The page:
Getting a READ on Social Media Influencers

By | Small Business

Influencers is an incredibly nebulous term, yet it’s a focus for so many PR programs. Who is influential? What constitutes influence? While we could have lengthy philosophical debates about the nature of influence from Aristotle to today, such discussions tend not to give us operational frameworks for getting work done.

Compounding our confusion about who is influential are endless lists of the Top 50 influencers in X or Top 25 influencers in Y, often chosen by arbitrary and opaque methods. It’s risky to rely on someone else’s list, especially if you have no idea how they made it.

To shed some light on the topic, let’s explore a framework we use at SHIFT for identifying who is influential.

The READ framework is an acronym which stands for:

READ Framework

Reach. Influencers by their very nature tend to have larger reach. Some influence algorithms look at reach as a primary indicator of influence. Since we’re in the business of building audiences, reach is a good thing to have.

Engagement. Influencers don’t just collect passive eyeballs. Influencers can get audiences to do things, from sign petitions to buy products to stage mass protests. How much engagement does an influencer have?

Alignment. For marketers and PR professionals, alignment matters a great deal. An influencer in B2C consumer goods will have little sway and even less impact to an enterprise B2B SaaS company. Ensuring that influencers are topically aligned is a vital part of any influence program.

Data-Driven. The very best influencers work with brands, advertisers, communicators, and agencies to provide data back to their sponsors. Sometimes this is as simple as implementing additional Google Analytics tracking codes; sometimes this is as complex as lead co-registration or other data exchanges.

In terms of priority, alignment comes first. Very little else matters of the above structure if the influencer is a poor fit for your audience and your brand is a poor fit for their audience. Your search for influencers must begin with topical alignment.

Once you’ve established alignment, decide whether reach or engagement is more important to your campaign. Which you choose will determine the tools and tactics you use. Some tools such as Klout tend to weight reach more heavily in their influence algorithms. Other tools such as FollowerWonk tend to weight engagement more heavily in their algorithms.

Finally, when you kick off your influencer program, use as much data collection and tracking as you possibly can. Simple tactics such as providing pre-made bit.ly links (with click tracking turned on) to complex tactics like working with an influencer to co-deploy Google Tag Manager tags on your specific part of the campaign are essential to measuring the true impact of your influencer campaign.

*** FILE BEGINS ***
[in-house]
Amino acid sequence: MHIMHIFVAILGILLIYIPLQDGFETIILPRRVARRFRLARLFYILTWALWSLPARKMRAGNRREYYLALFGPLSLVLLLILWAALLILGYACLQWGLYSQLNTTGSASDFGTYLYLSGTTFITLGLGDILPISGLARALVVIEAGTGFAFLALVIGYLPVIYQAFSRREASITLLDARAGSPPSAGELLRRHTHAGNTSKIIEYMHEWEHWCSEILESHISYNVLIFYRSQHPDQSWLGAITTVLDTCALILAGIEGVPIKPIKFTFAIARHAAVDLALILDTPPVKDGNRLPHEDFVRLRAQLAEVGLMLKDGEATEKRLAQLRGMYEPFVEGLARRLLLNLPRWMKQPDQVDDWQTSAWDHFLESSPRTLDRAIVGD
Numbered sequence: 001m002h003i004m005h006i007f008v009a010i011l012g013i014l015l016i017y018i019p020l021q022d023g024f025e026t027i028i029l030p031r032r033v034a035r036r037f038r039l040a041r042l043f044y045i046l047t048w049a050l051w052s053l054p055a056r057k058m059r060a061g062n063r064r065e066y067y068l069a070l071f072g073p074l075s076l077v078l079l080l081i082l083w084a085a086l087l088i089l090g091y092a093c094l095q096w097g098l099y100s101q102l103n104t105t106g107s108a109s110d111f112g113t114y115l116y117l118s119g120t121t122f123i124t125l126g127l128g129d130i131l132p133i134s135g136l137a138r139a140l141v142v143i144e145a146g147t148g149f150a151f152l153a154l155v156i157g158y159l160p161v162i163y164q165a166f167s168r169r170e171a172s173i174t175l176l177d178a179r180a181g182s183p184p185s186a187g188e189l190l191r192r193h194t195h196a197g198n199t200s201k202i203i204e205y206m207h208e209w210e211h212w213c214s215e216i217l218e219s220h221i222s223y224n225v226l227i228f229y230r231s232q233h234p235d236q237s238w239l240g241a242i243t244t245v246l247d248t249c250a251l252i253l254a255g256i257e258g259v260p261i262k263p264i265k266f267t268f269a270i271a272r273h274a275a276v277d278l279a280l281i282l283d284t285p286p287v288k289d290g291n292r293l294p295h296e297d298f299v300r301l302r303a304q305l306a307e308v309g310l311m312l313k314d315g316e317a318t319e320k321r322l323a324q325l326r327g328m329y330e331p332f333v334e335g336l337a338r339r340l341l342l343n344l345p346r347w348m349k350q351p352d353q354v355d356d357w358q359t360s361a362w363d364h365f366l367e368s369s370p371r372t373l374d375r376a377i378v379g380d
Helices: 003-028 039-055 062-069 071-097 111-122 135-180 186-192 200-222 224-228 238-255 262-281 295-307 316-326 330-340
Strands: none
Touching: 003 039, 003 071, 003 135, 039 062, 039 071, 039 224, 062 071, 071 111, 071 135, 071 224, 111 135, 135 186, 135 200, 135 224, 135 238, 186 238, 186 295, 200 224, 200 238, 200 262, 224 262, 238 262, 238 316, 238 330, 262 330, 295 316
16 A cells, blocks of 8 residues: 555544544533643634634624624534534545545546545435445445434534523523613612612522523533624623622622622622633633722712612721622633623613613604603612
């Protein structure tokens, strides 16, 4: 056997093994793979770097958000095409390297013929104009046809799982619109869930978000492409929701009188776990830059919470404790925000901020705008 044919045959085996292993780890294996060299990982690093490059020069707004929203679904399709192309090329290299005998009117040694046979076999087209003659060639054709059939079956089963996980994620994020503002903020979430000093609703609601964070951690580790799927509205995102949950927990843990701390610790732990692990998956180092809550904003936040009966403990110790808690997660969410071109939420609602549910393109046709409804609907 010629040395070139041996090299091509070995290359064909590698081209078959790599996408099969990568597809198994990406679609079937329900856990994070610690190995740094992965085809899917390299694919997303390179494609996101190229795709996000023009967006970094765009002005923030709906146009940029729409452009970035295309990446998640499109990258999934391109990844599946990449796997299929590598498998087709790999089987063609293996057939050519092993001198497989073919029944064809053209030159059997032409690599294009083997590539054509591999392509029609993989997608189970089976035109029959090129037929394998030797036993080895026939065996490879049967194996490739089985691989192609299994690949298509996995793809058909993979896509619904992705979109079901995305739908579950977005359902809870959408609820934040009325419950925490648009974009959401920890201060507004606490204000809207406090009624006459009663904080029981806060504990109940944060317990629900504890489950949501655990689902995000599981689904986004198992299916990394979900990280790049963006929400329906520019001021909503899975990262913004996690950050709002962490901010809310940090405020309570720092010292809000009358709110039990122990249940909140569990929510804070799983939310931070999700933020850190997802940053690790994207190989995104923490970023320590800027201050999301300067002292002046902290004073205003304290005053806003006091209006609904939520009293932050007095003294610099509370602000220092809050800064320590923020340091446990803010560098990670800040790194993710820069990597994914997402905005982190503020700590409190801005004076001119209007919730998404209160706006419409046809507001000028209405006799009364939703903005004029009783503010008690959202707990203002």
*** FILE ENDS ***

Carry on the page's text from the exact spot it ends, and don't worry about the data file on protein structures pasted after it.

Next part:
Let’s look at an example of how this might work. Suppose, harkening back to one of our many April Fools’ jokes, we represented Todd and Jim’s Coffee Shop and we wanted to determine who was influential about the topic of coffee in the San Francisco Bay Area. We begin by searching for people who use jargon specific to coffee, industry jargon. These would include the various roast grades like “City+” and “Full City”, terms that the general public wouldn’t necessarily use, but connoisseurs would.

influence_raw_data

From here, we’d append either an engagement score or a reach score, depending on what tool we initially selected, so that we’d get both sets of data. Once we had reach and engagement data gathered, we’d create a weighted average between the two:

Influence Weighted Average

Finally, we verify both alignment and data of the top influencers we want to reach out to, by looking at their recent social shares:

Tasting_Table___TastingTable____Twitter

This particular influencer appears to be on target, and they use a link sharing package that provides us with additional data. Let’s see what they share by lengthening their bit.ly* URLs:

finalurls-2015-09-08-06-44-42

Ouch. It looks like they ONLY share their own stuff, which means the likelihood of asking them to share content about Todd and Jim’s Coffee is fairly low. We can now disqualify this influencer and move onto the next one in our list.

Does this method of identifying influencers take more time than the common PR industry practice of just Googling for “top 50 influencers in X”? Yes, absolutely. But it’s a better, more targeted way of identifying influencers and it reduces the likelihood of bad pitching by only reaching out to people who have reach, engagement, alignment, and can provide data.

* Disclosure: bit.ly is a SHIFT client, but was not involved in the creation of this article. SHIFT receives no preferential treatment or special access to bit.ly’s APIs other than what is generally available in their developer program.

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This article was syndicated from Business 2 Community: Getting a READ on Social Media Influencers

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